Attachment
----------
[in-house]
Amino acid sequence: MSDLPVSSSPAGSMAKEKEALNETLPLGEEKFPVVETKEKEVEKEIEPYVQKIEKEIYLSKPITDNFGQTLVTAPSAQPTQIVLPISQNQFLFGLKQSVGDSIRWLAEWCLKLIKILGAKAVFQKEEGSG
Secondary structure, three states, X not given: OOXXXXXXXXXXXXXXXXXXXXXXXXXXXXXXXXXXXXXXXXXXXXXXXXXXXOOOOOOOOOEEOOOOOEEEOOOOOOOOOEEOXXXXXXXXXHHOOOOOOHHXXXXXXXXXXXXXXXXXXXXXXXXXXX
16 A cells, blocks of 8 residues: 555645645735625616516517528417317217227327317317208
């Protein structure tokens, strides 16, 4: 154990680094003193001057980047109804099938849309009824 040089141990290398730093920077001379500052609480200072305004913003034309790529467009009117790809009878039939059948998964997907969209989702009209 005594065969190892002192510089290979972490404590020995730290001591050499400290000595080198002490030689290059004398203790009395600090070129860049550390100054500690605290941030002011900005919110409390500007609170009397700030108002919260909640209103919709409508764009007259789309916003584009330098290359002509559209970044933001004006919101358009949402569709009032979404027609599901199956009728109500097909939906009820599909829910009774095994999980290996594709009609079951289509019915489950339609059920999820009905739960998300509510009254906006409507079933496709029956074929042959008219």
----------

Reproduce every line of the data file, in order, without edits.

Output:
[in-house]
Amino acid sequence: MSDLPVSSSPAGSMAKEKEALNETLPLGEEKFPVVETKEKEVEKEIEPYVQKIEKEIYLSKPITDNFGQTLVTAPSAQPTQIVLPISQNQFLFGLKQSVGDSIRWLAEWCLKLIKILGAKAVFQKEEGSG
Secondary structure, three states, X not given: OOXXXXXXXXXXXXXXXXXXXXXXXXXXXXXXXXXXXXXXXXXXXXXXXXXXXOOOOOOOOOEEOOOOOEEEOOOOOOOOOEEOXXXXXXXXXHHOOOOOOHHXXXXXXXXXXXXXXXXXXXXXXXXXXX
16 A cells, blocks of 8 residues: 555645645735625616516517528417317217227327317317208
């Protein structure tokens, strides 16, 4: 154990680094003193001057980047109804099938849309009824 040089141990290398730093920077001379500052609480200072305004913003034309790529467009009117790809009878039939059948998964997907969209989702009209 005594065969190892002192510089290979972490404590020995730290001591050499400290000595080198002490030689290059004398203790009395600090070129860049550390100054500690605290941030002011900005919110409390500007609170009397700030108002919260909640209103919709409508764009007259789309916003584009330098290359002509559209970044933001004006919101358009949402569709009032979404027609599901199956009728109500097909939906009820599909829910009774095994999980290996594709009609079951289509019915489950339609059920999820009905739960998300509510009254906006409507079933496709029956074929042959008219």